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Brrrr! It’s cold outside! Staying healthy and safe during the winter.

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Presentation on theme: "Brrrr! It’s cold outside! Staying healthy and safe during the winter."— Presentation transcript:

1 Brrrr! It’s cold outside! Staying healthy and safe during the winter

2 Heartland Alliance for Human Needs & Human Rights Seasons in the United States spring summer Fall (autumn) winter

3 Heartland Alliance for Human Needs & Human Rights Winter can be fun, but also risky to your health

4 Heartland Alliance for Human Needs & Human Rights The most important step to staying healthy in the winter is to dress warmly! ALWAYS WEAR a warm hat or scarf a warm winter coat warm mittens or gloves pants or leggings socks warm boots

5 Heartland Alliance for Human Needs & Human Rights Wearing layers of clothes The best way to stay warm and feel comfortable is to wear layers of clothing. That way, you can take off one layer if you get too warm.

6 Heartland Alliance for Human Needs & Human Rights Most of your body heat is lost to the cold weather through your head, so make sure you wear a hat or a headscarf.

7 Heartland Alliance for Human Needs & Human Rights Wear mittens or gloves Fingers can actually freeze (get frostbitten) in cold winter weather, so make sure they are covered.

8 Heartland Alliance for Human Needs & Human Rights Keep your legs and feet warm Leggings and long underwear worn under your dress, skirt, or pants help your legs stay warm Wear extra socks if necessary. – Some socks can be long, others short – Wool socks are the warmest Always wear boots in the snow

9 Heartland Alliance for Human Needs & Human Rights In your home Your apartment has a heating system. Ask your landlord how to control the heat in your apartment so that it is not too cold and not too hot.

10 Heartland Alliance for Human Needs & Human Rights Keep your home comfortable, but not too hot Turning up the heat very high in your apartment makes the air very dry and it is not good for you. Keep the temperature at about 74° (23°C). If you are cold, put on a sweater. If you are hot, turn down the heat. Do not take off your clothes or your children’s clothes. Always wear something on your feet (sandals or socks). Buildings in Chicago are old, and sometimes there are cold drafts (bits of cold air that come in from the outside).

11 Heartland Alliance for Human Needs & Human Rights Dry skin and mouths The heating systems in buildings often make the air very dry. The dry air makes our skin, mouths, and noses dry. Make sure to put on plenty of skin lotion (men and women) to keep your skin from getting dry and cracked. Use lip balm for your lips. (Lip balm is not lipstick. It is colorless and helps protect your lips.) Use petroleum jelly (like Vaseline) for your feet and hands if they get very dry.

12 Heartland Alliance for Human Needs & Human Rights Keeping the air moist in your homes Household heat often makes air dry. You can help put moisture back in the air by using a humidifier which you can buy at a drugstore. You can also put a pan of water on top of your radiator. The water in the pan will evaporate, and then you should pour more water into the pan.

13 Heartland Alliance for Human Needs & Human Rights Cold Weather emergencies FROSTBITE Frostbite occurs when you ears, nose, fingers, or toes actually freeze. Frostbite is serious and can result in an amputation of the frozen parts of your body.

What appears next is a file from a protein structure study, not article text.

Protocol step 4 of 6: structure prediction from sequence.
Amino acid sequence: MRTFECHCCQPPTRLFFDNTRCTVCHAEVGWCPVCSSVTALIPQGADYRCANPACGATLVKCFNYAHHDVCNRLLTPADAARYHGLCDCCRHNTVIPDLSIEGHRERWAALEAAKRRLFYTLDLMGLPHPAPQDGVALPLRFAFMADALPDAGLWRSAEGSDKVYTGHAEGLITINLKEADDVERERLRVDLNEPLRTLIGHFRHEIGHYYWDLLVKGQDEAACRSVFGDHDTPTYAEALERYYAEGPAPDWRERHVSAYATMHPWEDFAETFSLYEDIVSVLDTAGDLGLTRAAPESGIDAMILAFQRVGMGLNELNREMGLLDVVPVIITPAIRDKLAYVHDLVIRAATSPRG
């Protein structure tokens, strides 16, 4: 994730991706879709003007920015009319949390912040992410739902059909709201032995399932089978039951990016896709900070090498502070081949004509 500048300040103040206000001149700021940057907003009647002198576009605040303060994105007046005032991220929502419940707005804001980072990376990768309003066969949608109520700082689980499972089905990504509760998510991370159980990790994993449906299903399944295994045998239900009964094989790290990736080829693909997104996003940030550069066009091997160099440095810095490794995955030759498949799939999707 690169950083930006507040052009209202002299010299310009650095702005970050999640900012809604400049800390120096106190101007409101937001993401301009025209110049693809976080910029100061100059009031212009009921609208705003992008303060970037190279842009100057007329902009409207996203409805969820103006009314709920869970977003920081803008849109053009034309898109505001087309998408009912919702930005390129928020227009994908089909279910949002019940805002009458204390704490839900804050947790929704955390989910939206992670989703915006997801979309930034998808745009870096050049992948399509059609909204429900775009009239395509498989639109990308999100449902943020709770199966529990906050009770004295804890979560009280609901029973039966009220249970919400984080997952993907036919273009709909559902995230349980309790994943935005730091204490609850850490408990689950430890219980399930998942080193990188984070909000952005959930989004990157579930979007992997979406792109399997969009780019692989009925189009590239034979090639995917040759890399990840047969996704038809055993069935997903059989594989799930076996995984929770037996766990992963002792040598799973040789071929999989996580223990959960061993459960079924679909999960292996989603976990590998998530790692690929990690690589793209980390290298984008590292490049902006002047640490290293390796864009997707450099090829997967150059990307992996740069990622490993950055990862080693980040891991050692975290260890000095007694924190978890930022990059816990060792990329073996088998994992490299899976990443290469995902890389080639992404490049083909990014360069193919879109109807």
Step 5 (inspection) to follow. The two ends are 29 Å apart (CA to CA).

14 Heartland Alliance for Human Needs & Human Rights Avoiding frostbite Wear a hat that covers your ears Wear a scarf over your face Wear gloves under your mittens Wear two or three pairs of socks Put your hands under your arms to keep them warm Inside his jacket, the boy has his hands under his arms.

15 Heartland Alliance for Human Needs & Human Rights Cold weather emergency Hypothermia: when one’s body temperature goes below 98.6° F (37°C). If the body temperature gets too low, the person can freeze to death. To avoid hypothermia: Dress warm to keep your body temperature normal. Drink warm tea, soup, or other liquids.

16 Heartland Alliance for Human Needs & Human Rights Cold weather emergency Sometimes in the winter it snows so much that the power lines fail or fall down. That means there is no electricity for lights or heat for people’s homes. This is called a cold weather emergency.

17 Heartland Alliance for Human Needs & Human Rights Warming Centers In the event that there is a power outage and you have no heat in your home, you are encouraged to go to a “warming center” set up by city officials. Warming centers are public places like libraries or other community centers where you can stay until the power and heat is returned to your home.

18 Heartland Alliance for Human Needs & Human Rights If you lose heat in your home during a snow emergency If there is a snow emergency and you lose heat in your home, call your landlord. If the problem is a power outage in your neighborhood, you will have to go to a warming center. Ask someone who speaks English to call to find out where the nearest warming center is. Do not call Tell you case manager if you need to go to a warming center.

19 Heartland Alliance for Human Needs & Human Rights At the warming center Bring to the warming center whatever your family will need for two days, especially medicine, diapers, and things to entertain children.

20 Heartland Alliance for Human Needs & Human Rights Any questions? Enjoy winter in Chicago, but stay warm and stay safe! Heartland Health Outreach Refugee Health Education and Promotion Winter


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